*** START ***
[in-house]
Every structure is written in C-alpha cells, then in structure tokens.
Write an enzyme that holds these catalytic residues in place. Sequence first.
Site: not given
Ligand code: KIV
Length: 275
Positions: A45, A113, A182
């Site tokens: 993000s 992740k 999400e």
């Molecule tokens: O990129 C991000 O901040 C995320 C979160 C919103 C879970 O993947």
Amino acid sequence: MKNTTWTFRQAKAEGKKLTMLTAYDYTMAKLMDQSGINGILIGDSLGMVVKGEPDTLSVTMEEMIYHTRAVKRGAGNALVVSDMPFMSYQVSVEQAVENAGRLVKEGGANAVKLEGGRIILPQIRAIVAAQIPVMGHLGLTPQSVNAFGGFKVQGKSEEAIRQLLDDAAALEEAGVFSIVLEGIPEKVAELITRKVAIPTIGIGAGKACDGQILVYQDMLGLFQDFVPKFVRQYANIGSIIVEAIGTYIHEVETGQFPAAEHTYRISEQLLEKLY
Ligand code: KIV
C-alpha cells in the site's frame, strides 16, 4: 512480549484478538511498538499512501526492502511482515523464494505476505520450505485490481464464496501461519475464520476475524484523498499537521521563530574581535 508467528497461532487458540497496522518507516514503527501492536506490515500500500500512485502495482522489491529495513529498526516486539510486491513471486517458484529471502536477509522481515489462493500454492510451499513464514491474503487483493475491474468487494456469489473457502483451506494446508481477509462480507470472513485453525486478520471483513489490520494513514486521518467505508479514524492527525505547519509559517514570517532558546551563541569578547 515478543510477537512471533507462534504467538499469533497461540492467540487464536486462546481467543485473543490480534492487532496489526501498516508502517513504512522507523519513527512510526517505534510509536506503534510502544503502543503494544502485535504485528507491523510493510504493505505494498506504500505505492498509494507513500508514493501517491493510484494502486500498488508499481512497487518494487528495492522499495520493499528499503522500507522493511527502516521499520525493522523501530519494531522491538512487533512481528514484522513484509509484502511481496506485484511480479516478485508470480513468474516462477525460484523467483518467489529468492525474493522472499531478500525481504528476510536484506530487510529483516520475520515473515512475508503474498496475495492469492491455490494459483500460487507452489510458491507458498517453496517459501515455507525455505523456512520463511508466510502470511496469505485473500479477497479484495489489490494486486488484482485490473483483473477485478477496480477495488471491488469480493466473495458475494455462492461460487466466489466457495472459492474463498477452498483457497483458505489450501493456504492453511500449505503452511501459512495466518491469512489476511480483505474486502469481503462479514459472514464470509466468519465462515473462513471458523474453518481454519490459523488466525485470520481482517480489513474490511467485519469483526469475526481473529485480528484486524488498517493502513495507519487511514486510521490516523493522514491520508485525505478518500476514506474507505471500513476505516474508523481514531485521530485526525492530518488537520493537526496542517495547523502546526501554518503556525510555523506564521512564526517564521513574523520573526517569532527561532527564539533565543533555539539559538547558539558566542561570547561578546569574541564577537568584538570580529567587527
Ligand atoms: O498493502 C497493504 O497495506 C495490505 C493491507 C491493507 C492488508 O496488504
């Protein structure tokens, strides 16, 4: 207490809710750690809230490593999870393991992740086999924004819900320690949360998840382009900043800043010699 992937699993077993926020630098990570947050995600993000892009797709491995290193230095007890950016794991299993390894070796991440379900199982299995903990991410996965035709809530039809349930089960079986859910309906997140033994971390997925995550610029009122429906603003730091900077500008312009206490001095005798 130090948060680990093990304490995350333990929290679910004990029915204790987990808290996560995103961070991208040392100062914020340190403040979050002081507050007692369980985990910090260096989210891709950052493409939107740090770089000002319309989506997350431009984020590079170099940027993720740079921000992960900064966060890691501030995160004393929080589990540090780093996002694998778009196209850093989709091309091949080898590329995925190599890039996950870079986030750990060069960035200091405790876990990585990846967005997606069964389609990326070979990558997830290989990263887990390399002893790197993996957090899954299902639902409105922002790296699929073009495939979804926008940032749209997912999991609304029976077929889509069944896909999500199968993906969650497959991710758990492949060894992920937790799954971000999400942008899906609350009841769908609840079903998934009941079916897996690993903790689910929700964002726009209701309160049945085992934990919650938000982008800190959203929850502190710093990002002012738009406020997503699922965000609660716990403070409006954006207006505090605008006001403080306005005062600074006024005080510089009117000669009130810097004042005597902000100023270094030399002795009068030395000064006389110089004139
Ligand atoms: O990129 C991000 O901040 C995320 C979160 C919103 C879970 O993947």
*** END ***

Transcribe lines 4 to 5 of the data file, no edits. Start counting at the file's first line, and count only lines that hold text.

Site: not given
Ligand code: KIV